Two grey horses greeting each other. A good life. Breeding Thoroughbreds

In Search of the Equine Good Life

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Once, there were the Five Freedoms—looking at what was available to the horse. Then came the Five Domains—looking at the state of the horse itself.

Today, with ever-increasing public scrutiny of animal welfare and a greater understanding of their ethological needs, it’s time for a new welfare-assessment structure that looks at the way the horse views and experiences his life. Animal-centred and based on both physiological and behavioural indicators, the Equine Quality of Life (EQoL) framework is currently under development to meet this new need, by Australian, British, and New Zealander researchers.

“An individual horse’s welfare relies on more than just having food, water, and an appropriate place to live,” said Hayley Randle, PhD, of Charles Sturt University’s School of Animal and Veterinary Science, in Wagga Wagga, New South Wales, Australia.
“The mental health of the horse is now also being investigated, including his or her emotional states and positive and negative (affective) experiences,” she said.

To create a framework for evaluating these states and experiences, Randle and her fellow researchers from the United Kingdom and New Zealand carried out a scientific systematic literature review looking at ‘external’ (behavioural) and ‘internal’ (physiological) ways to assess a horse’s emotions.

The research on external factors was led by Carol Hall, PhD, principal lecturer in equitation science at Nottingham Trent University in the United Kingdom, and reported by Natalie Waran, PhD, equitation science fellow and professor of One Welfare at Eastern Institute of Technology, in Napier, New Zealand. (To read that report click here)

Randle presented the group’s investigation of the internal factors at the 15th annual conference of the International Society for Equitation Science (ISES), held August 19-21 in Guelph, Ontario, Canada.

“There’s a real risk of anthropomorphism when looking at behavioural indicators, so we need sound science on physiological parameters as well to back up what we believe we’re seeing,” Randle said.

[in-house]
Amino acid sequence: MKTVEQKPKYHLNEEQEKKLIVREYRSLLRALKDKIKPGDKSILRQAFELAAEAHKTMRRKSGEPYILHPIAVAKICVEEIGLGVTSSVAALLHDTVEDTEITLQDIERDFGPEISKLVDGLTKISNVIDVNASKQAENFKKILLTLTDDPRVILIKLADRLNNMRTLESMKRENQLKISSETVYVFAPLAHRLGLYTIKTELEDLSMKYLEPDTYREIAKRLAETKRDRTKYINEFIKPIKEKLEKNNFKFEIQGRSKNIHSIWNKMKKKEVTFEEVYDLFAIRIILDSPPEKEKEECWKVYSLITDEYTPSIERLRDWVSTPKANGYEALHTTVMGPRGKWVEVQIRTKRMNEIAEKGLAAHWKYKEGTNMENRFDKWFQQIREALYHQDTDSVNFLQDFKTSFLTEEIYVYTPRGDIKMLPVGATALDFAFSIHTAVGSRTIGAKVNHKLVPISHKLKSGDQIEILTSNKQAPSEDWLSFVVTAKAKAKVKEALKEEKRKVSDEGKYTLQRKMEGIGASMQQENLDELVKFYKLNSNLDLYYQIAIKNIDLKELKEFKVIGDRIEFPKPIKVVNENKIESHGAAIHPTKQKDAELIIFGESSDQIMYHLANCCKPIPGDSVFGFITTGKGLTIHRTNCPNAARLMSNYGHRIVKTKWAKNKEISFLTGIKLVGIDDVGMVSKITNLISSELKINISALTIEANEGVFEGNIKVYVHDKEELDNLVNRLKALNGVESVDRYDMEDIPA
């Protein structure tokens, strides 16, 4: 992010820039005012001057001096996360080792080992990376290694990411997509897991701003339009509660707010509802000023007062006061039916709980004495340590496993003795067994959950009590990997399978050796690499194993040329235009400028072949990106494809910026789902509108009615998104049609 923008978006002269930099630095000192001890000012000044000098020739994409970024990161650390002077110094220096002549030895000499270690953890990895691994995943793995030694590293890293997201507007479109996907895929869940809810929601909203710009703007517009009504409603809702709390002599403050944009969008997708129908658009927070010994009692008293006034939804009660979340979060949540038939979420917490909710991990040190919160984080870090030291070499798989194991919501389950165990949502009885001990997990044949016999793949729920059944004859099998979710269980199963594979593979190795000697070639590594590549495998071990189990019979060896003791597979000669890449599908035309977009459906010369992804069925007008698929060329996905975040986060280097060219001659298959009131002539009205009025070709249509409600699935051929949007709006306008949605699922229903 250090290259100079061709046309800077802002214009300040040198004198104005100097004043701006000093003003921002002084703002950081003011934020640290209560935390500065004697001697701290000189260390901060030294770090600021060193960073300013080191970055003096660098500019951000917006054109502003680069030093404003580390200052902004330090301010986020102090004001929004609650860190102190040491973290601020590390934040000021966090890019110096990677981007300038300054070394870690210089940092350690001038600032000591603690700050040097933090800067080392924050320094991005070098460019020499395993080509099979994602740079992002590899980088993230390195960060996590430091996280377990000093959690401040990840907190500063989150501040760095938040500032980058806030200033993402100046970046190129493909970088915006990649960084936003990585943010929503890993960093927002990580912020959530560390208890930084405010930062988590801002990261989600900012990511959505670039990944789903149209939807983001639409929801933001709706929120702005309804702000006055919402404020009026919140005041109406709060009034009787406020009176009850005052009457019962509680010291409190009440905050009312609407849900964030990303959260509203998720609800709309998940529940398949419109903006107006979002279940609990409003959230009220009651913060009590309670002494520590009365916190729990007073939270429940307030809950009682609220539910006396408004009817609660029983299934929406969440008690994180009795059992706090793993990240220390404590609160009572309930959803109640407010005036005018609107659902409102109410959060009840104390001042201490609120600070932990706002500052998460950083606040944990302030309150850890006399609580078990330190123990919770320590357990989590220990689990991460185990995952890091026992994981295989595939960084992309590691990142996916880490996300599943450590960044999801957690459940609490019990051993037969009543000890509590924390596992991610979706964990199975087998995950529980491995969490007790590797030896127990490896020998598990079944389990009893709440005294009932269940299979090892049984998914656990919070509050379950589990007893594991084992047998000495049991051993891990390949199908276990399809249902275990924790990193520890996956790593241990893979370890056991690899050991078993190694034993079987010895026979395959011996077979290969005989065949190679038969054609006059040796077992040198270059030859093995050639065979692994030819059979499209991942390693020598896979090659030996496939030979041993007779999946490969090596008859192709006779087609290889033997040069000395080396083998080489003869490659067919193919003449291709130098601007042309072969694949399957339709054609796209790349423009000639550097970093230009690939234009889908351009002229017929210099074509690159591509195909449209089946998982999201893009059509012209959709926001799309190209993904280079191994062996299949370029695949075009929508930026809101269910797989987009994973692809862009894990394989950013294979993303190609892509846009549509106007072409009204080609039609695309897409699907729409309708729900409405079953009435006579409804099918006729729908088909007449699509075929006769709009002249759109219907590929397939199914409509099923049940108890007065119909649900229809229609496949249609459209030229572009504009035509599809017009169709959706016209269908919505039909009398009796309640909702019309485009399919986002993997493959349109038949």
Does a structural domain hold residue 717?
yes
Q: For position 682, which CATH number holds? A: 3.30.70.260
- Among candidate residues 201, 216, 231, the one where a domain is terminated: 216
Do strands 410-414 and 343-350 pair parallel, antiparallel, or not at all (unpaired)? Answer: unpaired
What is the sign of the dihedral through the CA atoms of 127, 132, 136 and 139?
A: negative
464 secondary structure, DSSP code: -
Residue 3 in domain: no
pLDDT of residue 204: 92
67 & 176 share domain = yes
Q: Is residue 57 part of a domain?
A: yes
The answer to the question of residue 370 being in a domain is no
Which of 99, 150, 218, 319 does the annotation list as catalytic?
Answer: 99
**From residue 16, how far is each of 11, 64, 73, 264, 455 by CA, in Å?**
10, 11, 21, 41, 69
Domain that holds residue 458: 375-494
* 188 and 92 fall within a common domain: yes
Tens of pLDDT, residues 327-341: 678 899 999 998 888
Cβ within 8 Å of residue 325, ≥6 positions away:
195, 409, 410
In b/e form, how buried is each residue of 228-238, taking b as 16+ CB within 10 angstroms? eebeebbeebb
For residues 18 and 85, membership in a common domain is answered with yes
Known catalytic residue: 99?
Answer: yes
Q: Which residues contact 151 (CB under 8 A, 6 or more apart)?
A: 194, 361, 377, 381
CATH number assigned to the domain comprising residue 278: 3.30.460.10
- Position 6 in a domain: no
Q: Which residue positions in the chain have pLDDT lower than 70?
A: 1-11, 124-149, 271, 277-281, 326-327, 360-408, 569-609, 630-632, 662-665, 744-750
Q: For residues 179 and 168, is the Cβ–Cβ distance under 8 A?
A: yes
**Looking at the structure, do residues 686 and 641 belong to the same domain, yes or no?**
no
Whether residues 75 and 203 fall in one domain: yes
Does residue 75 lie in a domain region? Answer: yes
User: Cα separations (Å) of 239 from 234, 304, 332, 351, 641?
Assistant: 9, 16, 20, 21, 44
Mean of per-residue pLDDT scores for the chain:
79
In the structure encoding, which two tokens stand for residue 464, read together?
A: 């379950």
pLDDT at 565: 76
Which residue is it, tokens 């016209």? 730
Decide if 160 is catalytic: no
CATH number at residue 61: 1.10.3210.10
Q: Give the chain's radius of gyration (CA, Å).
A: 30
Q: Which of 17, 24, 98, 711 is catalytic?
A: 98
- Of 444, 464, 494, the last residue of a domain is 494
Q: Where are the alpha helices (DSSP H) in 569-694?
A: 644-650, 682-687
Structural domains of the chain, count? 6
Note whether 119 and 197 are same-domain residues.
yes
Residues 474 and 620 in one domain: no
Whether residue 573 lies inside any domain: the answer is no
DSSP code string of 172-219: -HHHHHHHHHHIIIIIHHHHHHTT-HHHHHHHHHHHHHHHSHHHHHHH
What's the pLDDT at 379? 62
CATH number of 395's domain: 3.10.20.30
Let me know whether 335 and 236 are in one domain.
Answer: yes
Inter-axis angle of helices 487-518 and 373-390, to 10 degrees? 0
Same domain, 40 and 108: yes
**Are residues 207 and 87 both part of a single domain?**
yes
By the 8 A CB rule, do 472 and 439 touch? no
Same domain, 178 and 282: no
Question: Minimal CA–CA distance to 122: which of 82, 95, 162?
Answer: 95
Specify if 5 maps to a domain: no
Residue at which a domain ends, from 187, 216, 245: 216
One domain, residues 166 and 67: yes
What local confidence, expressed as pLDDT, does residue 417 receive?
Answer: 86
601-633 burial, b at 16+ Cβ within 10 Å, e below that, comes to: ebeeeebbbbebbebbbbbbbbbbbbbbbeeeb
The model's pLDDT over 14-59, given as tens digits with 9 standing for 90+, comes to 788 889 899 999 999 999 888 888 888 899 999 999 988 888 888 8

Among the 124 peer-reviewed publications they accepted into their review, however, there was a lack of consistency in data and in interpretations of that data with regard to physiological parameters and emotions, she said. For example, the analysis of cortisol – ‘the stress hormone’ – varies widely from one study to the next and takes on different meanings for different research groups depending on the contexts. “Cortisol can be quite confusing,” she said.

Heart rate and heart rate variability can also be confusing, she added, as their readings can be altered for reasons other than emotions, like physical exertion. Their readings are further complicated by the fact that acquiring the data is often a physical challenge. “It’s easy to lose contact with heart rate monitors, for example,” Randle said. “But even if we do just look at heart rate readings, there are conflicting studies about how they relate to behaviour and other measures.”

Another confounding factor—which has so far received little attention—is the possibility that some horses can have poor welfare experiences without showing changes of “emotion” through their cortisol levels or cardiac readings. “Fearful horses may be beyond the state of giving physiological responses, but we don’t know enough about that yet,” she explained.

Additionally, the horse’s life experience will play a role in his overall welfare in ways that could be difficult or impossible to detect through currently used physiological parameters, said Randle.

“While the physiological parameters are important in assessing equine quality of life, it’s clear that they’re limited in this regard,” she said. “Going forward with the new framework, we will need clear, evidence-based parameters, both internal and external in nature, that accurately reflect the way the horse experiences his life, in hopes of ensuring that he is living a good life.”

This work was presented at the 15th International Equitation Science Conference in Canada. You will find a link to download the proceedings here.

To read a report of the related presentation on external quality of life factors, click here.

Christa Lesté-Lasserre

Christa Lesté-Lasserre is a freelance writer based in France. A native of Dallas, Texas, Lesté-Lasserre grew up riding Quarter Horses, Appaloosas, and Shetland Ponies. She holds a master’s degree in English, specializing in creative writing, from the University of Mississippi in Oxford and earned a bachelor's in journalism and creative writing with a minor in sciences from Baylor University in Waco, Texas. She currently keeps her two Trakehners at home near Paris. Follow Lesté-Lasserre on Twitter @christalestelas.

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